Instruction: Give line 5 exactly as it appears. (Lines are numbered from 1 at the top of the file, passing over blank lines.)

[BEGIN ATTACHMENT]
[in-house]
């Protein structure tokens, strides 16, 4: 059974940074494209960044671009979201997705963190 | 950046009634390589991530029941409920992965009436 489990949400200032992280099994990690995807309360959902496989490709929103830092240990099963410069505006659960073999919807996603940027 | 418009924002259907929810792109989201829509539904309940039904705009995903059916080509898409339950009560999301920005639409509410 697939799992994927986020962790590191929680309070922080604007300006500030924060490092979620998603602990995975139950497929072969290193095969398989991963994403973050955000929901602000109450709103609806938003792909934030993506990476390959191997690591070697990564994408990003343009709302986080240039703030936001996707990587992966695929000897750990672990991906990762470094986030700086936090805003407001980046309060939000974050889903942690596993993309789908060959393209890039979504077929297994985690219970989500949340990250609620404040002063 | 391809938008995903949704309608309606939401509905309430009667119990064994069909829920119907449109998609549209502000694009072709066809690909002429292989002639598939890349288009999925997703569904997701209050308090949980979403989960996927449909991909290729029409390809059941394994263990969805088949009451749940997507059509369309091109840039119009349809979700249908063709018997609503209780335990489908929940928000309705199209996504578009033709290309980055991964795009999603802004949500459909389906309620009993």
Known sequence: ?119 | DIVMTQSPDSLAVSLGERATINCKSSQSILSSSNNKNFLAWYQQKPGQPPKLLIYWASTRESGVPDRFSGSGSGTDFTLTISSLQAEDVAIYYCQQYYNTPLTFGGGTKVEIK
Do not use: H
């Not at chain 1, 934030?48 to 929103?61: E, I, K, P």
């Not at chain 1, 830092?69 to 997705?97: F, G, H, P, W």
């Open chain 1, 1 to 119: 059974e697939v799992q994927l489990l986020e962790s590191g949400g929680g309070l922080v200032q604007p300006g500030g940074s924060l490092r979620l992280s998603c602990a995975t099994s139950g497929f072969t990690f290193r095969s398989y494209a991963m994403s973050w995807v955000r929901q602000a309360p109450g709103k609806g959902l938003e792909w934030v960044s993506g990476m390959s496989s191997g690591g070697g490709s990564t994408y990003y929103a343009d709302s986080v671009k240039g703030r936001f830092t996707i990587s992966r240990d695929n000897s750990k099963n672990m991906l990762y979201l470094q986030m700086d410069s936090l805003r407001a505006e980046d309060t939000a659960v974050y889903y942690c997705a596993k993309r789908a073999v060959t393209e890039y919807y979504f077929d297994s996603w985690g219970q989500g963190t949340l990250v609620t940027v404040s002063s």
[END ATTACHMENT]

């Not at chain 1, 934030?48 to 929103?61: E, I, K, P």